A Mercury-bound spacecraft's noisy flyby of our home planet.

Image source: sdecoret on Shutterstock/ESA/Big Think
Surprising Science
  • There is no sound in space, but if there was, this is what it might sound like passing by Earth.
  • A spacecraft bound for Mercury recorded data while swinging around our planet, and that data was converted into sound.
  • Yes, in space no one can hear you scream, but this is still some chill stuff.

First off, let's be clear what we mean by "hear" here. (Here, here!)

Sound, as we know it, requires air. What our ears capture is actually oscillating waves of fluctuating air pressure. Cilia, fibers in our ears, respond to these fluctuations by firing off corresponding clusters of tones at different pitches to our brains. This is what we perceive as sound.

All of which is to say, sound requires air, and space is notoriously void of that. So, in terms of human-perceivable sound, it's silent out there. Nonetheless, there can be cyclical events in space — such as oscillating values in streams of captured data — that can be mapped to pitches, and thus made audible.

BepiColombo

Image source: European Space Agency

The European Space Agency's BepiColombo spacecraft took off from Kourou, French Guyana on October 20, 2019, on its way to Mercury. To reduce its speed for the proper trajectory to Mercury, BepiColombo executed a "gravity-assist flyby," slinging itself around the Earth before leaving home. Over the course of its 34-minute flyby, its two data recorders captured five data sets that Italy's National Institute for Astrophysics (INAF) enhanced and converted into sound waves.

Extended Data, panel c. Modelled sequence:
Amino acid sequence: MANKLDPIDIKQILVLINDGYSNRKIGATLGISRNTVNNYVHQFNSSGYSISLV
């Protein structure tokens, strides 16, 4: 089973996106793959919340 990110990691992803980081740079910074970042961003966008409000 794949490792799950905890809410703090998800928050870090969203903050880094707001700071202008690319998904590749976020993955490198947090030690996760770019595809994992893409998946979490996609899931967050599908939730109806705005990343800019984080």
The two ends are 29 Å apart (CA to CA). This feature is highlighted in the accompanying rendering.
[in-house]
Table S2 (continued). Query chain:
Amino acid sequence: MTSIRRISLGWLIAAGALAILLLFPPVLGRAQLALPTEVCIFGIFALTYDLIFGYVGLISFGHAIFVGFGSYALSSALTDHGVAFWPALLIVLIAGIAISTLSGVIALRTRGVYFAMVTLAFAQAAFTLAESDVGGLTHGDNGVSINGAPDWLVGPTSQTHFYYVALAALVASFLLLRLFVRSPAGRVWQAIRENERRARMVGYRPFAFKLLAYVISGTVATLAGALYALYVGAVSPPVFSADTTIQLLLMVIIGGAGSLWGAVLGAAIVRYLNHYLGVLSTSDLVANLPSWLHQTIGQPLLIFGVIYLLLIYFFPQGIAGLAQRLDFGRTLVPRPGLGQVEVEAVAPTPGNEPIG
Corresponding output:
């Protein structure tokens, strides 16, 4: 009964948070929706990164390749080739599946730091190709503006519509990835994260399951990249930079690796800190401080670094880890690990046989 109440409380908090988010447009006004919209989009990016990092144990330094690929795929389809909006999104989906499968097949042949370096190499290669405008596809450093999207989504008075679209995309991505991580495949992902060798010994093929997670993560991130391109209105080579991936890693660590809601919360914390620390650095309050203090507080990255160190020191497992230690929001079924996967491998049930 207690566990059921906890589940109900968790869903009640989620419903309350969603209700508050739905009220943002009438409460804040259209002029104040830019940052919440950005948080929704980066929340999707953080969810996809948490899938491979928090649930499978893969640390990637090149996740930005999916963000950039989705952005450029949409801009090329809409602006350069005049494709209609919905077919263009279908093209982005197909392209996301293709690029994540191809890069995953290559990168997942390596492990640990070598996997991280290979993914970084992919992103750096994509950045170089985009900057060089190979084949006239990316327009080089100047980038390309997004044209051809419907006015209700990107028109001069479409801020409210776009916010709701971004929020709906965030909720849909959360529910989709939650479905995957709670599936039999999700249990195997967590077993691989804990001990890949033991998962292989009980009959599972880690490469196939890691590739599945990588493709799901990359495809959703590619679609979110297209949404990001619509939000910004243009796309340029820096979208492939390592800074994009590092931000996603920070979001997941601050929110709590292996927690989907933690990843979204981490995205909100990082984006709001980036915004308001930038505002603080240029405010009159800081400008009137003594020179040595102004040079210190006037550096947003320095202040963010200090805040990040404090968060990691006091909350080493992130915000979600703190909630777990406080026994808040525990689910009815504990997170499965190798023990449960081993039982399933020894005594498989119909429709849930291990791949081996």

Into and out of Earth's shadow

In April, BepiColombo began its closest approach to Earth, ranging from 256,393 kilometers (159,315 miles) to 129,488 kilometers (80,460 miles) away. The audio above starts as BepiColombo begins to sneak into the Earth's shadow facing away from the sun.

The data was captured by BepiColombo's Italian Spring Accelerometer (ISA) instrument. Says Carmelo Magnafico of the ISA team, "When the spacecraft enters the shadow and the force of the Sun disappears, we can hear a slight vibration. The solar panels, previously flexed by the Sun, then find a new balance. Upon exiting the shadow, we can hear the effect again."

In addition to making for some cool sounds, the phenomenon allowed the ISA team to confirm just how sensitive their instrument is. "This is an extraordinary situation," says Carmelo. "Since we started the cruise, we have only been in direct sunshine, so we did not have the possibility to check effectively whether our instrument is measuring the variations of the force of the sunlight."

When the craft arrives at Mercury, the ISA will be tasked with studying the planets gravity.

Magentosphere melody

The second clip is derived from data captured by BepiColombo's MPO-MAG magnetometer, AKA MERMAG, as the craft traveled through Earth's magnetosphere, the area surrounding the planet that's determined by the its magnetic field.

BepiColombo eventually entered the hellish mangentosheath, the region battered by cosmic plasma from the sun before the craft passed into the relatively peaceful magentopause that marks the transition between the magnetosphere and Earth's own magnetic field.

MERMAG will map Mercury's magnetosphere, as well as the magnetic state of the planet's interior. As a secondary objective, it will assess the interaction of the solar wind, Mercury's magnetic field, and the planet, analyzing the dynamics of the magnetosphere and its interaction with Mercury.

Recording session over, BepiColombo is now slipping through space silently with its arrival at Mercury planned for 2025.

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Photo by Reinhart Julian on Unsplash